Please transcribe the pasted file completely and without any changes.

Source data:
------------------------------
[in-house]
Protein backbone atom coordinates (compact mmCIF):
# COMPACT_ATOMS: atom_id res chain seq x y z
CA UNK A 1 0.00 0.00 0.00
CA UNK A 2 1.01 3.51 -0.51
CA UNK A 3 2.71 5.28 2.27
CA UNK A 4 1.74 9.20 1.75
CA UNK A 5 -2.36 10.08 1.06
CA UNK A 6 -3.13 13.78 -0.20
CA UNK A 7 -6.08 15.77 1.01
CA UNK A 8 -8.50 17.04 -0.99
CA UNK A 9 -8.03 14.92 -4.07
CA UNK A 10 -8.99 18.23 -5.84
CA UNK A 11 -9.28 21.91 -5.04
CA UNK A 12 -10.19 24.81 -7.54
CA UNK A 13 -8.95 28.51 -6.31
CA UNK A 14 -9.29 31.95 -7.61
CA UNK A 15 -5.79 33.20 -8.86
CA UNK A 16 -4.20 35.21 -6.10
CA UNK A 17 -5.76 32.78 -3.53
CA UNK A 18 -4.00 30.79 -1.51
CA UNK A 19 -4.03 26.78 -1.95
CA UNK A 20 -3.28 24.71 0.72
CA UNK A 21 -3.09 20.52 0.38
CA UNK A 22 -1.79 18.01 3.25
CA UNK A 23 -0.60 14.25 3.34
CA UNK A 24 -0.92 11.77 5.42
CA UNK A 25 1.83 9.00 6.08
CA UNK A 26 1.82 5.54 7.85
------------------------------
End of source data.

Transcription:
[in-house]
Protein backbone atom coordinates (compact mmCIF):
# COMPACT_ATOMS: atom_id res chain seq x y z
CA UNK A 1 0.00 0.00 0.00
CA UNK A 2 1.01 3.51 -0.51
CA UNK A 3 2.71 5.28 2.27
CA UNK A 4 1.74 9.20 1.75
CA UNK A 5 -2.36 10.08 1.06
CA UNK A 6 -3.13 13.78 -0.20
CA UNK A 7 -6.08 15.77 1.01
CA UNK A 8 -8.50 17.04 -0.99
CA UNK A 9 -8.03 14.92 -4.07
CA UNK A 10 -8.99 18.23 -5.84
CA UNK A 11 -9.28 21.91 -5.04
CA UNK A 12 -10.19 24.81 -7.54
CA UNK A 13 -8.95 28.51 -6.31
CA UNK A 14 -9.29 31.95 -7.61
CA UNK A 15 -5.79 33.20 -8.86
CA UNK A 16 -4.20 35.21 -6.10
CA UNK A 17 -5.76 32.78 -3.53
CA UNK A 18 -4.00 30.79 -1.51
CA UNK A 19 -4.03 26.78 -1.95
CA UNK A 20 -3.28 24.71 0.72
CA UNK A 21 -3.09 20.52 0.38
CA UNK A 22 -1.79 18.01 3.25
CA UNK A 23 -0.60 14.25 3.34
CA UNK A 24 -0.92 11.77 5.42
CA UNK A 25 1.83 9.00 6.08
CA UNK A 26 1.82 5.54 7.85